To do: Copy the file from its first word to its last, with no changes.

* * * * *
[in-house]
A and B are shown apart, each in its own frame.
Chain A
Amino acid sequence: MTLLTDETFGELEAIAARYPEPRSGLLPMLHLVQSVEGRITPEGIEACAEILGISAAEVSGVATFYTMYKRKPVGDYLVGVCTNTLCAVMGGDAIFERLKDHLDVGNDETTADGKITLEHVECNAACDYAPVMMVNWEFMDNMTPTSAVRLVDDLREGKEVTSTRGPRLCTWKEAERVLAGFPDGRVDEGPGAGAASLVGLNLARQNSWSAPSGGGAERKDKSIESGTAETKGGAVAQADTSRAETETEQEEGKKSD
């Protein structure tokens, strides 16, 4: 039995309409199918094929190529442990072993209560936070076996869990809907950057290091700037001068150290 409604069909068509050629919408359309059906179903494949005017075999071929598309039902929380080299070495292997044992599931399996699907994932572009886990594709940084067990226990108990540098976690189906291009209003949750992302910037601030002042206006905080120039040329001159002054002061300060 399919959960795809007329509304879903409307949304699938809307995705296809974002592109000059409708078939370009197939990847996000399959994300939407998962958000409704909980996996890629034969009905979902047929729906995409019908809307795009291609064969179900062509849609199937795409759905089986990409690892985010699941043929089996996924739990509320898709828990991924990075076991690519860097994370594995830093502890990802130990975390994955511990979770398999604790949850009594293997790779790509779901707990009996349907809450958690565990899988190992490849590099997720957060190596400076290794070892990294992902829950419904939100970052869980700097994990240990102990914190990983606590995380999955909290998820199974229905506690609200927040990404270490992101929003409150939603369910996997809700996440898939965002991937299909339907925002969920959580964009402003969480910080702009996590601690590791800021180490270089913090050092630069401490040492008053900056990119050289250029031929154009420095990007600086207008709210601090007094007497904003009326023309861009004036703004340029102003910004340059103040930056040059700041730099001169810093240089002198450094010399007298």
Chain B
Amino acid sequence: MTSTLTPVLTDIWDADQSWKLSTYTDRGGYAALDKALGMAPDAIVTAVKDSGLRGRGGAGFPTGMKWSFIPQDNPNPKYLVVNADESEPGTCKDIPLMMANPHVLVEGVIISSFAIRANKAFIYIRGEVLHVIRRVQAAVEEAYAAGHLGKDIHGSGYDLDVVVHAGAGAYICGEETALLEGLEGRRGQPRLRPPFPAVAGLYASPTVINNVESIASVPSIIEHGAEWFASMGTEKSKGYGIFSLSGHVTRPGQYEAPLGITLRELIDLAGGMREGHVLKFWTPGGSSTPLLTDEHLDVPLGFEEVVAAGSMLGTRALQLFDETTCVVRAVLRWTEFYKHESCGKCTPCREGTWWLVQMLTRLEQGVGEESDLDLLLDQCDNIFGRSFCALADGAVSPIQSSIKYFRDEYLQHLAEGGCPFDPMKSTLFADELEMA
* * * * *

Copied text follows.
[in-house]
A and B are shown apart, each in its own frame.
Chain A
Amino acid sequence: MTLLTDETFGELEAIAARYPEPRSGLLPMLHLVQSVEGRITPEGIEACAEILGISAAEVSGVATFYTMYKRKPVGDYLVGVCTNTLCAVMGGDAIFERLKDHLDVGNDETTADGKITLEHVECNAACDYAPVMMVNWEFMDNMTPTSAVRLVDDLREGKEVTSTRGPRLCTWKEAERVLAGFPDGRVDEGPGAGAASLVGLNLARQNSWSAPSGGGAERKDKSIESGTAETKGGAVAQADTSRAETETEQEEGKKSD
């Protein structure tokens, strides 16, 4: 039995309409199918094929190529442990072993209560936070076996869990809907950057290091700037001068150290 409604069909068509050629919408359309059906179903494949005017075999071929598309039902929380080299070495292997044992599931399996699907994932572009886990594709940084067990226990108990540098976690189906291009209003949750992302910037601030002042206006905080120039040329001159002054002061300060 399919959960795809007329509304879903409307949304699938809307995705296809974002592109000059409708078939370009197939990847996000399959994300939407998962958000409704909980996996890629034969009905979902047929729906995409019908809307795009291609064969179900062509849609199937795409759905089986990409690892985010699941043929089996996924739990509320898709828990991924990075076991690519860097994370594995830093502890990802130990975390994955511990979770398999604790949850009594293997790779790509779901707990009996349907809450958690565990899988190992490849590099997720957060190596400076290794070892990294992902829950419904939100970052869980700097994990240990102990914190990983606590995380999955909290998820199974229905506690609200927040990404270490992101929003409150939603369910996997809700996440898939965002991937299909339907925002969920959580964009402003969480910080702009996590601690590791800021180490270089913090050092630069401490040492008053900056990119050289250029031929154009420095990007600086207008709210601090007094007497904003009326023309861009004036703004340029102003910004340059103040930056040059700041730099001169810093240089002198450094010399007298």
Chain B
Amino acid sequence: MTSTLTPVLTDIWDADQSWKLSTYTDRGGYAALDKALGMAPDAIVTAVKDSGLRGRGGAGFPTGMKWSFIPQDNPNPKYLVVNADESEPGTCKDIPLMMANPHVLVEGVIISSFAIRANKAFIYIRGEVLHVIRRVQAAVEEAYAAGHLGKDIHGSGYDLDVVVHAGAGAYICGEETALLEGLEGRRGQPRLRPPFPAVAGLYASPTVINNVESIASVPSIIEHGAEWFASMGTEKSKGYGIFSLSGHVTRPGQYEAPLGITLRELIDLAGGMREGHVLKFWTPGGSSTPLLTDEHLDVPLGFEEVVAAGSMLGTRALQLFDETTCVVRAVLRWTEFYKHESCGKCTPCREGTWWLVQMLTRLEQGVGEESDLDLLLDQCDNIFGRSFCALADGAVSPIQSSIKYFRDEYLQHLAEGGCPFDPMKSTLFADELEMA